Oxidation of polyols using Au-Pd and Au-Pt alloy supported nanocrystals
Peter Miedziaka, Gemma L. Bretta, Yulia Ryabenkovaa, Nikolaos Dimitratosa, Jose A. Lopez-Sancheza, Meenakshisundaram Sankara, Albert F. Carleya, Ram C. Tiruvalamb, Andrew A. Herzingc, Christopher J. Kielyb, David W. Knighta, Stuart H. Taylora, and Graham J. Hutchingsa*
a School of Chemistry, Cardiff University, Cardiff Catalysis Institute,Main Building, Park Place, Cardiff, CF10 3AT, UK
b Center for Advanced Materials and Nanotechnology, Lehigh University, 5 East Packer Avenue, Bethlehem, PA 18015-3195, USA
c National Institute of Standards and Technology, Surface and Microanalysis Science Division, 100 Bureau Drive, Mailstop 8371, Gaithersburg, MD 20899-8371, USA
Graham J. Hutchings: phone +44 (0)29 2087 4059, fax: +44 (0)29 2087 4030, e- mail: email@example.com
Oxidation of organic compounds with oxidants such as air, molecular oxygen or hydrogen peroxide using supported metal catalysts for synthesising valuable intermediate products for chemical industry is well known. In recent years an increased interest has been focused on catalytic processes because these have demonstrated to be environmentally friendly and economically constructively in comparison to the stoichiometric reactions. The use of bio-renewable resources for the production of materials and chemicals continues to attract significant research attention and is highly desirable from the industry. Glycerol, a by-product from bio-diesel manufacture is a highly functionalised renewable raw material. Oxidation of glycerol leads to the formation of a number of products, such as glyceric acid, dihydroxyacetone, b-hydroxypyruvic acid, tartronic acid, glycolic acid and oxalic acid, therefore control in the distribution of products by choosing the appropriate conditions and designing the proper catalyst is desirable [1,2,3].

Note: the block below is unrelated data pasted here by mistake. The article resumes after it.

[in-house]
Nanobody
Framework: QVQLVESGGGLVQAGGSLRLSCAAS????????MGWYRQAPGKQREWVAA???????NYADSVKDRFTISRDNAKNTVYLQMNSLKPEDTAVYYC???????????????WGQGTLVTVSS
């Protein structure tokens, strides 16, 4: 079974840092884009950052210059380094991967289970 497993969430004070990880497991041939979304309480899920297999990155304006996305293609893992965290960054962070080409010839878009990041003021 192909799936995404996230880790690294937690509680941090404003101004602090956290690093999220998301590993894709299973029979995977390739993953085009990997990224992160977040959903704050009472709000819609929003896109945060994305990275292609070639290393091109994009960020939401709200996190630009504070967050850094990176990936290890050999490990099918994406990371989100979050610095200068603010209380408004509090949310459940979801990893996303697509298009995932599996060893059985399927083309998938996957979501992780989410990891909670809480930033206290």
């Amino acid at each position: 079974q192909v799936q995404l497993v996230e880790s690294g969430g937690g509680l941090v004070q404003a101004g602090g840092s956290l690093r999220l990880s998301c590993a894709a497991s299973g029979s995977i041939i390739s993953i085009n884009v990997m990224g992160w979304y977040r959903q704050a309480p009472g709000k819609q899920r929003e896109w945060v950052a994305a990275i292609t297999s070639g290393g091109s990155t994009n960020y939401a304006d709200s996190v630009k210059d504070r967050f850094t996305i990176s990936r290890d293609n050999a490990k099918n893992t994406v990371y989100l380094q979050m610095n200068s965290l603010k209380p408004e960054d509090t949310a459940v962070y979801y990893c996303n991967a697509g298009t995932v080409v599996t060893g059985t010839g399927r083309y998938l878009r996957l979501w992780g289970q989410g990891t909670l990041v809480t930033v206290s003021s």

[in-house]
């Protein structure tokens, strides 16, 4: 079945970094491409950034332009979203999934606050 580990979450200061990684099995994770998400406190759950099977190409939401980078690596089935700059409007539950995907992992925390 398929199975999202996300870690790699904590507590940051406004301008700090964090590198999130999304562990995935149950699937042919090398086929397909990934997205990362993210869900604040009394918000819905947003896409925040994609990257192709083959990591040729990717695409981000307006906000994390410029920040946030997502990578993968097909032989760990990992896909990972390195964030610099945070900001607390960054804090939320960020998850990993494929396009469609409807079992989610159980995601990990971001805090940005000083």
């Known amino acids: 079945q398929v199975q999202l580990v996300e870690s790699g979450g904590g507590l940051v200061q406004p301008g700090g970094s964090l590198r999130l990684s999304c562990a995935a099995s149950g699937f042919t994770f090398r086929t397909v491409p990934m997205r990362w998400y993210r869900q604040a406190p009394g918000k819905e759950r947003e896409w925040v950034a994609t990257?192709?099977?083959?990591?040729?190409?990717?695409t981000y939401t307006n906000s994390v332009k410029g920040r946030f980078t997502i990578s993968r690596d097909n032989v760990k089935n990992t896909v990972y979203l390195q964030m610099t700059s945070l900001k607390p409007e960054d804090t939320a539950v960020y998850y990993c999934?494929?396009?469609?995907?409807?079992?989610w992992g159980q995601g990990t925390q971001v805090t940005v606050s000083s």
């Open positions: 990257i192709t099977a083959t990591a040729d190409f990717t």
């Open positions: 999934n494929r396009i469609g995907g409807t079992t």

Moreover, glycerol can be used alternatively for the synthesis of 1,2-propane diol which can then be selectively oxidised to lactate, which has immense potential as a monomer for biodegradable polymers. The current production of lactic acid is based on the fermentation and the reaction of acetaldehyde with HCN followed by hydrolysis with sulfuric acid, which is not a desired green process. Therefore, finding an environmentally green process is desired and this can be based on the use of heterogeneous catalysts with O2 or H2O2 as oxidants. We have recently shown that the combination of gold and palladium in an alloy nanoparticle configuration leads to enhanced catalytic activity and selectivity in redox processes, such as alcohol oxidation and hydrogen peroxide synthesis [4,5]. We have shown that gold palladium alloy catalysts can be very effective for the selective oxidation of glycerol and 1,2-propanediol to glycerate and lactate [6,7]. We have extended these studies by using gold-platinum alloy catalysts. We have extensively studied the effect of support, nature of base and Au/Pt ratio in the liquid phase oxidation of glycerol and 1,2-propanediol. In addition, we have carried out the reactions in the absence of base and we have demonstrated successfully the activation of polyols in alkaline-free conditions which is important from industrial point of view. Different type of supports (acidic and basic type) have been studied and the influence of two preparation methods, wet impregnation and sol-immobilisation, are compared. The addition of platinum to gold significantly enhances the activity with respect to the corresponding Au and Pt monometallic catalysts and retains the high selectivity to glyceric and lactic acids using O2 as oxidant. Detailed STEM-HAADF studies have been carried out and have shown the presence of gold-platinum alloy on the surface of the catalyst. Comparison of the activity for C3 alcohols shows that the reactivity decreases in the order: glycerol > 1,2-propane diol The use of a sol-immobilisation preparation method as compared to impregnation leads to the highest activity alloy catalysts for glyceric and lactic acids formation from the oxidation of glycerol and 1,2-propane diol respectively and the origins of these activities based on the particle size, gold-platinum metal molar ratio, nature of metal and support are presented.
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